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  1. JDK
  2. JDK-8176442

[aix] assert(_thr_current == 0L) failed: Thread::current already initialized



    • Type: Bug
    • Status: Resolved
    • Priority: P3
    • Resolution: Fixed
    • Affects Version/s: 9, 10
    • Fix Version/s: 9
    • Component/s: hotspot
    • Labels:
    • Subcomponent:
    • Resolved In Build:
    • OS:



        On AIX, we see sporadic asserts when running the jtreg tests:


        # Internal Error (/priv/d031900/openjdk/jdk9-hs/source/hotspot/src/share/vm/runtime/thread.cpp:295), pid=1073374, tid=8739
        # assert(_thr_current == 0L) failed: Thread::current already initialized

        --------------- T H R E A D ---------------

        Current thread (0xbabababababababa):
        [error occurred during error reporting (printing current thread), id 0xe0000000]


        A new born thread (usually the AttachListener) wants to initialize Thread::current(). Since JDK-8132510 Thread::current() is implemented with compiler level TLS ("__thread"). Before, it was implemented using pthread library TLS ("pthread_getspecifc" etc). So the code wants to initialize its instance of _thr_current (a __thread variable) but finds it being not NULL. __thread variables should be default be initialized to 0 by the C-Runtime.

        In this case the __thread variable is filled with a "0xbababa..." pattern, which after analysis turned out to be the zap value we use in os::free() to mark freed memory before returning it to the C-Runtime.

        The memory backing the __thread variables lives in the process data segment, as does the C-heap memory, so an overwrite scenario is possible. In fact, __thread variable locations and malloc() locations are closely interleaved. From the address patterns, it looks like the C-Runtime just mallocs the backing memory for TLS instances as it goaes along, for each new born thread. It does not look like C-Runtime pre-allocates memory for the TLS instances. All this is guesswork though, AIX is closed source, so no way to examine the implementation.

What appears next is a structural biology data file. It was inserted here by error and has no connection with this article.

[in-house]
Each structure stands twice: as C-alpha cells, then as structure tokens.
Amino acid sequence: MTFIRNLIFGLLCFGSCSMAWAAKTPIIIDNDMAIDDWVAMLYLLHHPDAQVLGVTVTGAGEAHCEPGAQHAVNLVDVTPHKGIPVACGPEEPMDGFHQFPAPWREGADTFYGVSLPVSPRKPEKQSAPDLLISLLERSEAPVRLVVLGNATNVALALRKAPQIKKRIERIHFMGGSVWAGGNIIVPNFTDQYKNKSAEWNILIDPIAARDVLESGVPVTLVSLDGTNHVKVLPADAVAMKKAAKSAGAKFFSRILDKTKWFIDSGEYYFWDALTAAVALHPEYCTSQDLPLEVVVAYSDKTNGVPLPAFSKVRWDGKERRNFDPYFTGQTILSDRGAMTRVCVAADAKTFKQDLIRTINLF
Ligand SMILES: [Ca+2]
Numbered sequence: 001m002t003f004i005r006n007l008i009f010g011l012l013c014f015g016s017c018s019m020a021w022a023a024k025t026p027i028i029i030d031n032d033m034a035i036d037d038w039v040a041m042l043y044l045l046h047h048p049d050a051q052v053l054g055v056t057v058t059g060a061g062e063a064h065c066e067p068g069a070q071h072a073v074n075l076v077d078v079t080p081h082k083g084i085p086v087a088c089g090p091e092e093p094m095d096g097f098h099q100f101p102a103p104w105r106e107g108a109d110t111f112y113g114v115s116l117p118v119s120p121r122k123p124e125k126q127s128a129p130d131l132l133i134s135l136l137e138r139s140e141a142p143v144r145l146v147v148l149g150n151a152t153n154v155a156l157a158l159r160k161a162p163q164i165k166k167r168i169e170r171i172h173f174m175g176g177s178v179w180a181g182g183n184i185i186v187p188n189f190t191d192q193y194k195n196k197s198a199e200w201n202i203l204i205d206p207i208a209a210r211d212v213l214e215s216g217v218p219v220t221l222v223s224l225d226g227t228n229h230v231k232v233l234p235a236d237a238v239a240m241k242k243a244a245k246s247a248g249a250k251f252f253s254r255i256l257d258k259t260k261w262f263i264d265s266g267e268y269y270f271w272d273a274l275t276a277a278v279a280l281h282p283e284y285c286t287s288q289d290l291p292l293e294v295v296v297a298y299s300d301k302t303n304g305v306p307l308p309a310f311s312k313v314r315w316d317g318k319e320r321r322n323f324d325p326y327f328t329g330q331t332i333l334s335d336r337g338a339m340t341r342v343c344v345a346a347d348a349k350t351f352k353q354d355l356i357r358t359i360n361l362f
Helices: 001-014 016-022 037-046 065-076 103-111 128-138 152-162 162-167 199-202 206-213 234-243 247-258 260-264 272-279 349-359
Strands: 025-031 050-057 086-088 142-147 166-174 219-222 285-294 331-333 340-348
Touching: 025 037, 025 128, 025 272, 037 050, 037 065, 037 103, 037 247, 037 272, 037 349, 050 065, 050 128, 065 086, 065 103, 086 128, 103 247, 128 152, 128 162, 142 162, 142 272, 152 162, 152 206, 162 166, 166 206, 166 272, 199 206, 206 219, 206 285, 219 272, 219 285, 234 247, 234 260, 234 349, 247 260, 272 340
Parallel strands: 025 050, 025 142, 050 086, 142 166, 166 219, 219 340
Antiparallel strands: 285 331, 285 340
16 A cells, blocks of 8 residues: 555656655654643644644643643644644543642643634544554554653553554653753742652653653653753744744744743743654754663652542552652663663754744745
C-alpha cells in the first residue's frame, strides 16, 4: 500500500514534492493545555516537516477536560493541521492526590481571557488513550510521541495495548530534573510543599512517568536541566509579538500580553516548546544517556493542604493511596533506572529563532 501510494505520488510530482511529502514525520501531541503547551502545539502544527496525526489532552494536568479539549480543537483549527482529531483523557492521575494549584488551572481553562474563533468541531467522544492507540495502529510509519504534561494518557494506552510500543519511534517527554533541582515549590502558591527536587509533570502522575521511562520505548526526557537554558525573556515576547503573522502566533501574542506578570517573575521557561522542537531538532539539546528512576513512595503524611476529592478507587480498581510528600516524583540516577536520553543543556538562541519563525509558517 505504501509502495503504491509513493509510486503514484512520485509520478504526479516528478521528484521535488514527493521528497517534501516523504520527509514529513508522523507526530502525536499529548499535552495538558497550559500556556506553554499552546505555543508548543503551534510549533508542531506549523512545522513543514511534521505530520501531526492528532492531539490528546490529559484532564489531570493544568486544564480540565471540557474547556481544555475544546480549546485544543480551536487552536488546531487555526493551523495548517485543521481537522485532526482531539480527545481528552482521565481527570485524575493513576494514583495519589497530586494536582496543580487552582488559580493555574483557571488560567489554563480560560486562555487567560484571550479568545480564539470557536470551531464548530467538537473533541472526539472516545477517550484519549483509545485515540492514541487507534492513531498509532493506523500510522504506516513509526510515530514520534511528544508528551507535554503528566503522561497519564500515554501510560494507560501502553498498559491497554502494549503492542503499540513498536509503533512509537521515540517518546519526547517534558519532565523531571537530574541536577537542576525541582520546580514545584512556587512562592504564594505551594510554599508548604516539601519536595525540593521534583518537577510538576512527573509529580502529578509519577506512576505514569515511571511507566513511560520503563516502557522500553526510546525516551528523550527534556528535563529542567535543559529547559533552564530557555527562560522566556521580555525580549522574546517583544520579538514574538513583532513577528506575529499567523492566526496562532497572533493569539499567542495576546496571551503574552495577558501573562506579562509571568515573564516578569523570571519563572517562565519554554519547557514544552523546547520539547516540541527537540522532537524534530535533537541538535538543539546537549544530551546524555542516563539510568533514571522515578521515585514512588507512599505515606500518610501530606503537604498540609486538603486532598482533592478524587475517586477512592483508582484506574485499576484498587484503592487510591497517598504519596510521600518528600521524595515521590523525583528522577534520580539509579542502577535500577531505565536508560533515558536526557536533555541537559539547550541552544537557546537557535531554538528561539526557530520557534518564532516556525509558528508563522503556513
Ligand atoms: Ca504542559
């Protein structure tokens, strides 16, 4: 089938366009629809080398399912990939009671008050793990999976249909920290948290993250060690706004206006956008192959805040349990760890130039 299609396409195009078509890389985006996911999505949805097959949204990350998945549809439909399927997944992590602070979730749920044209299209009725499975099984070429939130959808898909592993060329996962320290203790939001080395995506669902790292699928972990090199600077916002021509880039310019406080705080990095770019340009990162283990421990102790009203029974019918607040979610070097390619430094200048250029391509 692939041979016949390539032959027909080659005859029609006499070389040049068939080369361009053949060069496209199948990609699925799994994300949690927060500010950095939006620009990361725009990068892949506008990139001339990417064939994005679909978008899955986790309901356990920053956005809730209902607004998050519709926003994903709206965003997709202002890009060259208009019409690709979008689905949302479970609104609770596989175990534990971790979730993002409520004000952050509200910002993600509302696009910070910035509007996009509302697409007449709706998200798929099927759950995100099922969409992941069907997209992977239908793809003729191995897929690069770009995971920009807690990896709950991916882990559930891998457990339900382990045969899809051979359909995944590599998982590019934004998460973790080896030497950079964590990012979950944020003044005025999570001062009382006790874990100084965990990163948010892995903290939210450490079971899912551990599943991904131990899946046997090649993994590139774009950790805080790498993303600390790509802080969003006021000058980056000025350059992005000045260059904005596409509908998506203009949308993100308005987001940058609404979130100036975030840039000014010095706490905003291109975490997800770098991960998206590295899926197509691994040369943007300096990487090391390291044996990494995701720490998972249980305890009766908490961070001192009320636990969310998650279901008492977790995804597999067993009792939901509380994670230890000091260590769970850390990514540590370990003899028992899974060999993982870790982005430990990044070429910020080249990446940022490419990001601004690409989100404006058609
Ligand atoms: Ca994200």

There is a theoretical possibility that this is our fault, that the VM stomps over C-Runtime internal memory. However, after analyzing the issue I think that this is unlikely. It is more likely that the error is with the OS/C-Runtime. Here is why:

        1) When examining the order of malloc/free calls, one can observe the malloc call which allocates the memory range which spans the location of the future-to-be bad TLS variable instance. It is malloced (via os::malloc()), then freed again (via os::free). Nothing untoward happens, VM is well behaved. It zaps the memory and hands it back to the C-Runtime. This zap value later shows up as content of the new born threads TLS variable.

        2) I never see *existing* TLS variables overwritten, only *new* TLS variables for newborn threads having the wrong initialization value. If we really were stomping around, we should have hit with a certain probability existing TLS variables too, or any other vital memory, and should see more diverse errors.

        3) Error only happens on AIX 5.3, observed on two machines. No error seen on AIX 6.1 and AIX 7.2.

        4) os::malloc/os::free establish and check guards (GuardedMemory). So simple cases of overwriters or double frees should be catched.

        I could still conceive a highly far fetched scenario (see comments) where we could be guilty of stomping over C-Runtime memory, but find it unlikely. More likely is that OS/C-Runtime did not correctly initialize the __thread TLS variable for this thread.

        I attempted to write a simple C reproduction case, but so far without success. We will contact IBM support and check for known bugs.

        I propose to switch off compiler based TLS and go back to pthread library TLS. (That should be simply, David preserved both code paths and added a compiler switch when he did the original changes for JDK-8132510). There are no real advantages to compiler level TLS, and pthread level TLS used to work for many years for us on AIX without problems. I also like to reduce dependencies to the C-Runtime and compiler on AIX.


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                stuefe Thomas Stuefe
                stuefe Thomas Stuefe
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